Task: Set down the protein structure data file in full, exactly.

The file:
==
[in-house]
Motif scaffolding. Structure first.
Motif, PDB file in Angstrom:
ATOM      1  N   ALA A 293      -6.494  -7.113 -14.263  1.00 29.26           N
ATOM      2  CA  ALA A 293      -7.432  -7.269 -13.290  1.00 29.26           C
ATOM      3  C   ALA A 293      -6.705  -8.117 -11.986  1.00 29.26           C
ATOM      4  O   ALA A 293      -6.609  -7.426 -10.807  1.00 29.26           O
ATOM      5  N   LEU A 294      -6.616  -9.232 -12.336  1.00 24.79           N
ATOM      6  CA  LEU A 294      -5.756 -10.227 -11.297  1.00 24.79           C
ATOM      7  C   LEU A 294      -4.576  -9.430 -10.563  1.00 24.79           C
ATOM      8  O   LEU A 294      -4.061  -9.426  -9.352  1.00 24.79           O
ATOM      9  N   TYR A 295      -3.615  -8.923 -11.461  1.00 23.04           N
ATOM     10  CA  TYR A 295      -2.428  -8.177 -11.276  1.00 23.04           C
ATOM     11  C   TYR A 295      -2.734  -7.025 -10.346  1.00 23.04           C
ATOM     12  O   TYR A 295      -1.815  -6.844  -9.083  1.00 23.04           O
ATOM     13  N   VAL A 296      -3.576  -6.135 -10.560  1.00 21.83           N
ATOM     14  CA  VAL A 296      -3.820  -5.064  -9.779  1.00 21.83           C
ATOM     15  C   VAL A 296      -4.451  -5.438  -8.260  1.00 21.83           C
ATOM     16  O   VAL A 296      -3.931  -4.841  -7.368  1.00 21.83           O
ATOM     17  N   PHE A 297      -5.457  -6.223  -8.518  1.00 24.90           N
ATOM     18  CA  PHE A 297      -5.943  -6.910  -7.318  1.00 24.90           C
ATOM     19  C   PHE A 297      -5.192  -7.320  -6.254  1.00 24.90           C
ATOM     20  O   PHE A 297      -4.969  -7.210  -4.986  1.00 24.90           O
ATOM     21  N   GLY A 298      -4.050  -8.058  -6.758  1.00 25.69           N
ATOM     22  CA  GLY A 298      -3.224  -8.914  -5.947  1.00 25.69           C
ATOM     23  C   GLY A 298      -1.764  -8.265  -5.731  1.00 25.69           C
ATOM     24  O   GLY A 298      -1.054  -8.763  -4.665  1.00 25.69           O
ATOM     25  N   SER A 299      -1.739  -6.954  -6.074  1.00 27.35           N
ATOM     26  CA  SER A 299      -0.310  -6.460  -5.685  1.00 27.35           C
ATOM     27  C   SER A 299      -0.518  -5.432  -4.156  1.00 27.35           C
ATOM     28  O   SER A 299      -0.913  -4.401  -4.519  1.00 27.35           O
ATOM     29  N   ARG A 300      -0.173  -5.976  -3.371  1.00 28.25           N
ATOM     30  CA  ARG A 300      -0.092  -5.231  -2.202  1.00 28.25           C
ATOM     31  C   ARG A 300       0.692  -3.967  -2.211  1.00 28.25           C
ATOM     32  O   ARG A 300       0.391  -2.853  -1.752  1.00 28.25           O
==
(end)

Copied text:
[in-house]
Motif scaffolding. Structure first.
Motif, PDB file in Angstrom:
ATOM      1  N   ALA A 293      -6.494  -7.113 -14.263  1.00 29.26           N
ATOM      2  CA  ALA A 293      -7.432  -7.269 -13.290  1.00 29.26           C
ATOM      3  C   ALA A 293      -6.705  -8.117 -11.986  1.00 29.26           C
ATOM      4  O   ALA A 293      -6.609  -7.426 -10.807  1.00 29.26           O
ATOM      5  N   LEU A 294      -6.616  -9.232 -12.336  1.00 24.79           N
ATOM      6  CA  LEU A 294      -5.756 -10.227 -11.297  1.00 24.79           C
ATOM      7  C   LEU A 294      -4.576  -9.430 -10.563  1.00 24.79           C
ATOM      8  O   LEU A 294      -4.061  -9.426  -9.352  1.00 24.79           O
ATOM      9  N   TYR A 295      -3.615  -8.923 -11.461  1.00 23.04           N
ATOM     10  CA  TYR A 295      -2.428  -8.177 -11.276  1.00 23.04           C
ATOM     11  C   TYR A 295      -2.734  -7.025 -10.346  1.00 23.04           C
ATOM     12  O   TYR A 295      -1.815  -6.844  -9.083  1.00 23.04           O
ATOM     13  N   VAL A 296      -3.576  -6.135 -10.560  1.00 21.83           N
ATOM     14  CA  VAL A 296      -3.820  -5.064  -9.779  1.00 21.83           C
ATOM     15  C   VAL A 296      -4.451  -5.438  -8.260  1.00 21.83           C
ATOM     16  O   VAL A 296      -3.931  -4.841  -7.368  1.00 21.83           O
ATOM     17  N   PHE A 297      -5.457  -6.223  -8.518  1.00 24.90           N
ATOM     18  CA  PHE A 297      -5.943  -6.910  -7.318  1.00 24.90           C
ATOM     19  C   PHE A 297      -5.192  -7.320  -6.254  1.00 24.90           C
ATOM     20  O   PHE A 297      -4.969  -7.210  -4.986  1.00 24.90           O
ATOM     21  N   GLY A 298      -4.050  -8.058  -6.758  1.00 25.69           N
ATOM     22  CA  GLY A 298      -3.224  -8.914  -5.947  1.00 25.69           C
ATOM     23  C   GLY A 298      -1.764  -8.265  -5.731  1.00 25.69           C
ATOM     24  O   GLY A 298      -1.054  -8.763  -4.665  1.00 25.69           O
ATOM     25  N   SER A 299      -1.739  -6.954  -6.074  1.00 27.35           N
ATOM     26  CA  SER A 299      -0.310  -6.460  -5.685  1.00 27.35           C
ATOM     27  C   SER A 299      -0.518  -5.432  -4.156  1.00 27.35           C
ATOM     28  O   SER A 299      -0.913  -4.401  -4.519  1.00 27.35           O
ATOM     29  N   ARG A 300      -0.173  -5.976  -3.371  1.00 28.25           N
ATOM     30  CA  ARG A 300      -0.092  -5.231  -2.202  1.00 28.25           C
ATOM     31  C   ARG A 300       0.692  -3.967  -2.211  1.00 28.25           C
ATOM     32  O   ARG A 300       0.391  -2.853  -1.752  1.00 28.25           O